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Summer the wonder horse; This miniature horse has helped change the life of one Belfast family, and brought comfort to terminally ill children around Ireland.

The scene in the living room at Samantha Hayes' house will be familiar to many mums across the country; while she busies herself getting dinner ready in the kitchen for the family, her son, Bradley, 10, is sat on the sofa, poring over an iPad, watching cartoons. Three-year-old Summer nudges him inquisitively, flicking her hair back over her shoulder as she tiptoes around daintily in her pink, sparkly princess shoes. The bond between them is obviously strong, as Bradley laughs and smiles whenever Summer comes near him. It's all the more extraordinary as Bradley has a range of conditions that make interacting with others difficult: autism, ADHD (Attention Deficit Hyperactivity Disorder) and CIDP (Chronic Inflammatory Demyelinating Polyneuropathy), a rare neurological disorder which means he can't feel physical pain.

Part of the family But then Summer is no ordinary member of the family; she's actually a rare breed miniature Argentinian Falabella horse, one of only 2,500 registered in the world.

And since she officially became part of the Hayes' brood in September, 2012, she's helped not only Bradley, but several terminally ill children at the Northern Ireland Children's Hospice, the Royal Victoria Hospital for Sick Children in Belfast and special needs schools across the country, where she entertains, stimulates and relaxes children with illnesses and learning disabilities as an official 'therapy horse'.

Samantha, 42, a former horse trainer with the Armed Forces, and her husband Keith, a trainee engineer, bought Summer when she was seven months old - she was unkempt, with long, matted hair, her ribs protruding under her coat. Samantha says, 'She wasn't maltreated, but she was underweight and bloated. She was in a field with sheep and actually thought she was a sheep! She was so sweet and good-natured. We bonded immediately. She fitted into the back of the car, and the minute she saw Bradley, she licked his face, and he bent down to stroke her. She became part of the family. Keith made a mini trailer for her and she chases him around the garden. She's great fun.' Summer has thrived with the family and now weighs 10 stone, thanks to the healthy bran mash she is fed daily. She has a comfortable stable at the bottom of the back garden, which is covered in mulch for her to play in.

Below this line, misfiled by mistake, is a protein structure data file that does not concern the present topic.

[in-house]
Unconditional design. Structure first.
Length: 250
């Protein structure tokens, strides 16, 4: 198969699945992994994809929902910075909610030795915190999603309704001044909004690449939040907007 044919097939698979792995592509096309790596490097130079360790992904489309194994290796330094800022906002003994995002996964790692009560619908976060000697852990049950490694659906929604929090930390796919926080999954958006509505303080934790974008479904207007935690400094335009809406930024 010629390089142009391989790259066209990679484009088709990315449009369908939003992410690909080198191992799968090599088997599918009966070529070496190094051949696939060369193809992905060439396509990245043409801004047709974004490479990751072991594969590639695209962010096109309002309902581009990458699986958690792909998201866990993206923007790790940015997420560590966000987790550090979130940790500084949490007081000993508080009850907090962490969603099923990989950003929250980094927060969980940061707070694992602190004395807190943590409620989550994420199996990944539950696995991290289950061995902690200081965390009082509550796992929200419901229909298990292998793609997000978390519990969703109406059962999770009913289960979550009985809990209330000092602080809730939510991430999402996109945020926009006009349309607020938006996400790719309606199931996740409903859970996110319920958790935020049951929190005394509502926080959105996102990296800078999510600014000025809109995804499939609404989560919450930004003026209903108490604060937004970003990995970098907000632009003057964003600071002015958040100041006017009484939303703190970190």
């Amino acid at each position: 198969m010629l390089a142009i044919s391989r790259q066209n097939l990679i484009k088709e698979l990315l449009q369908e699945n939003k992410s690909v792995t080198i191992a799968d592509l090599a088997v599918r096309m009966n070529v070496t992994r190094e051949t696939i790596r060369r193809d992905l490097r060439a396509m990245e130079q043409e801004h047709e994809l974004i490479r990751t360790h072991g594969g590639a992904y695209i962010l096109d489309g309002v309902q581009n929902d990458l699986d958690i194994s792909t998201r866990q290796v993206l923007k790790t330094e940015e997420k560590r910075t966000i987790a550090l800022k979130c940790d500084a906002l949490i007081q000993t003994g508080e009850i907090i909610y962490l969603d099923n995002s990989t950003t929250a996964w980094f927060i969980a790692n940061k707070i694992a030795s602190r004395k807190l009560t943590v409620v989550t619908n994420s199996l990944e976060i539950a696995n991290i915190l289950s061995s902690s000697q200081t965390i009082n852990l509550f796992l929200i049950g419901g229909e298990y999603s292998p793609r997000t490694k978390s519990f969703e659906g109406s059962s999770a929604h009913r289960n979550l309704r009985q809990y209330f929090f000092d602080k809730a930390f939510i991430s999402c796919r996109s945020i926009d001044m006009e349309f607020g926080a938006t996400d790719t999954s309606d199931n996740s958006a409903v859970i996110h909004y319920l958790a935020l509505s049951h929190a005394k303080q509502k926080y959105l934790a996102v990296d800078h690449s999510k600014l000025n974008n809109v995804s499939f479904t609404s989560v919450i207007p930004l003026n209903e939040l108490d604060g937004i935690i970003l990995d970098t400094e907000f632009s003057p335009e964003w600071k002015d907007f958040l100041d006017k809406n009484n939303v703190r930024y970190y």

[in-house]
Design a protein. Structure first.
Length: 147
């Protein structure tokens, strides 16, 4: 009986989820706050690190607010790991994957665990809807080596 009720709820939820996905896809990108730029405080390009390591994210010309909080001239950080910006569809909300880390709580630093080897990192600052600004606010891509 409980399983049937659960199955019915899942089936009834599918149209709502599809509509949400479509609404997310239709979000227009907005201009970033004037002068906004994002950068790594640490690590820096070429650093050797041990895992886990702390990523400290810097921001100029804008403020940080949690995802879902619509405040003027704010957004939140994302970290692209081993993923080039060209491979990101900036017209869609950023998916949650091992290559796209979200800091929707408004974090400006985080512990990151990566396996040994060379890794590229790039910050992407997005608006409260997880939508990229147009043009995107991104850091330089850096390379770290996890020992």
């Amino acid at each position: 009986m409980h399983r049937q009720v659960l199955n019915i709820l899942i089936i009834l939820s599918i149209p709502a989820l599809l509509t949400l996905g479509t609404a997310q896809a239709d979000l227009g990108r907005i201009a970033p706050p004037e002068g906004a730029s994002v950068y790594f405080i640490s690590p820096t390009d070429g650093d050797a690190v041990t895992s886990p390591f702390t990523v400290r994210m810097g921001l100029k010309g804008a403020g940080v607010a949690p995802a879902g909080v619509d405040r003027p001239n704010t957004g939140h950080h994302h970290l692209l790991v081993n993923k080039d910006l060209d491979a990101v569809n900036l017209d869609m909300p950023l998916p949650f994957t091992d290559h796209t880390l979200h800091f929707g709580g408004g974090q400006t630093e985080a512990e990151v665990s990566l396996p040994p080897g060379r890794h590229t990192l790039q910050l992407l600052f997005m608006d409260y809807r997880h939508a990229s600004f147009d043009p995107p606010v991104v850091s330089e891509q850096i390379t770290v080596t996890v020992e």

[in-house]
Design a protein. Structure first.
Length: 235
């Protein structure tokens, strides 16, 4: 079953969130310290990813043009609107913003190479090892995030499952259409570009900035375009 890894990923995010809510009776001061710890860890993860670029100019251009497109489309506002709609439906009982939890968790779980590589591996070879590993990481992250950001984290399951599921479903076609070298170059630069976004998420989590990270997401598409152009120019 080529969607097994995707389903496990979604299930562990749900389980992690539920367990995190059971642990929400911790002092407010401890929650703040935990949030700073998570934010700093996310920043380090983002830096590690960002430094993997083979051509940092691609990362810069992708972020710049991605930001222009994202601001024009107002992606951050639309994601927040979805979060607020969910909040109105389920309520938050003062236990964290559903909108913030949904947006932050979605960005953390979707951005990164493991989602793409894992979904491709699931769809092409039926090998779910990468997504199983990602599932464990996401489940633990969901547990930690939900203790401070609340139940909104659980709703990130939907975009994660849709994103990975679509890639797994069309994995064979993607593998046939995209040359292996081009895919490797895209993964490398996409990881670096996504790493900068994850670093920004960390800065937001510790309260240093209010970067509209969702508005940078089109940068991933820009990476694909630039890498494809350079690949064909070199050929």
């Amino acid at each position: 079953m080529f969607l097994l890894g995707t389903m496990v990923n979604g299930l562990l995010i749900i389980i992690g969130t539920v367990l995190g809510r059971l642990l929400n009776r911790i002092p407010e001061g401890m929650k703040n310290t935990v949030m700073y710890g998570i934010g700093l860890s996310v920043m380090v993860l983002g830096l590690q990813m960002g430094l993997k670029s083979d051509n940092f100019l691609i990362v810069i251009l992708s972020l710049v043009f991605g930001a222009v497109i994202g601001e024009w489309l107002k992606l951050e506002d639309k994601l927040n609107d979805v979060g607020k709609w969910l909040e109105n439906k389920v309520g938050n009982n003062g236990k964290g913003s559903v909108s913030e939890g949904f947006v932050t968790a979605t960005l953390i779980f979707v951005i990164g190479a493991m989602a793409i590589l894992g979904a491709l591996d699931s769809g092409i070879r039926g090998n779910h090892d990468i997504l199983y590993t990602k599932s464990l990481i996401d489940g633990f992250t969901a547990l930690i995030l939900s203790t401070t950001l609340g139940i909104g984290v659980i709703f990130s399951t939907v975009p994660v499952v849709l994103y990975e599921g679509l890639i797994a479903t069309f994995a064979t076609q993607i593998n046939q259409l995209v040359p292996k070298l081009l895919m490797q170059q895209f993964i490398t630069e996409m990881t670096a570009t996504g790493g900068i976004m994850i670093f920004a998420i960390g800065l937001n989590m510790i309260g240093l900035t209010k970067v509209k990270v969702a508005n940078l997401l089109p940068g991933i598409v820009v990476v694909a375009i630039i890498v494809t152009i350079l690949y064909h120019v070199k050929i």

Samantha had Summer fully housetrained within four weeks and now the little horse likes nothing better than sitting on the sofa in the evenings with Bradley, Samantha and Keith. 'She loves toes, and she nips on your cheek, nibbles your ear, and sucks on your clothes when you're saying goodnight,' says Samantha. 'She's priceless; there's something special about her. She was very easy to train, and she's very clean and tidy. When it's been raining, she goes on her tiptoes through the mud!' But it's the difference she's made to Bradley's life which has changed things the most. With his neurological disorder, Bradley can't participate in sports due to the risk of delayed concussion if he banged his head and didn't notice. He was diagnosed at four when a professional portrait showed up an abnormality in his eyes. 'He didn't speak until then,' explains Samantha, 'but he has since got on well at his special school down the road - it's fantastic. He's very good at maths and building Lego, and he's very kind. He gave away his go-kart to a boy he'd just met on holiday because he said he liked it. Very few people can care for Bradley, so we have no social life to speak of. Going out is not an option, but we do most things together anyway, and having Summer as part of the family has really given him a new lease of life.' Summer wasn't originally intended to be a 'cure' for Bradley; Samantha, a keen rider all her life, had always had horses around and felt it would be good for Bradley to interact with one. But even she has been surprised at the effect Summer has had on him.